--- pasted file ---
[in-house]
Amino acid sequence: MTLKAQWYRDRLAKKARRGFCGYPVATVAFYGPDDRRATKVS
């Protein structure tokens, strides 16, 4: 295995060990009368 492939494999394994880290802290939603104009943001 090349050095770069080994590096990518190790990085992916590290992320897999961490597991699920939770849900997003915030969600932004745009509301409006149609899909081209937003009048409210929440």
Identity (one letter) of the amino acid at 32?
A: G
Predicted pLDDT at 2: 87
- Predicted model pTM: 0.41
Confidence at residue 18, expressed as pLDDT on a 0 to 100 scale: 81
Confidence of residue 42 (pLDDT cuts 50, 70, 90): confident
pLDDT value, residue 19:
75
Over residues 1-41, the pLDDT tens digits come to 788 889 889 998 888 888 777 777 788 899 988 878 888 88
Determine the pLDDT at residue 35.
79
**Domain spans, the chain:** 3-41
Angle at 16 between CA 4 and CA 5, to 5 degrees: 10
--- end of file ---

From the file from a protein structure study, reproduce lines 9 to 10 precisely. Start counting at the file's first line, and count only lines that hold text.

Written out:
Confidence of residue 42 (pLDDT cuts 50, 70, 90): confident
pLDDT value, residue 19: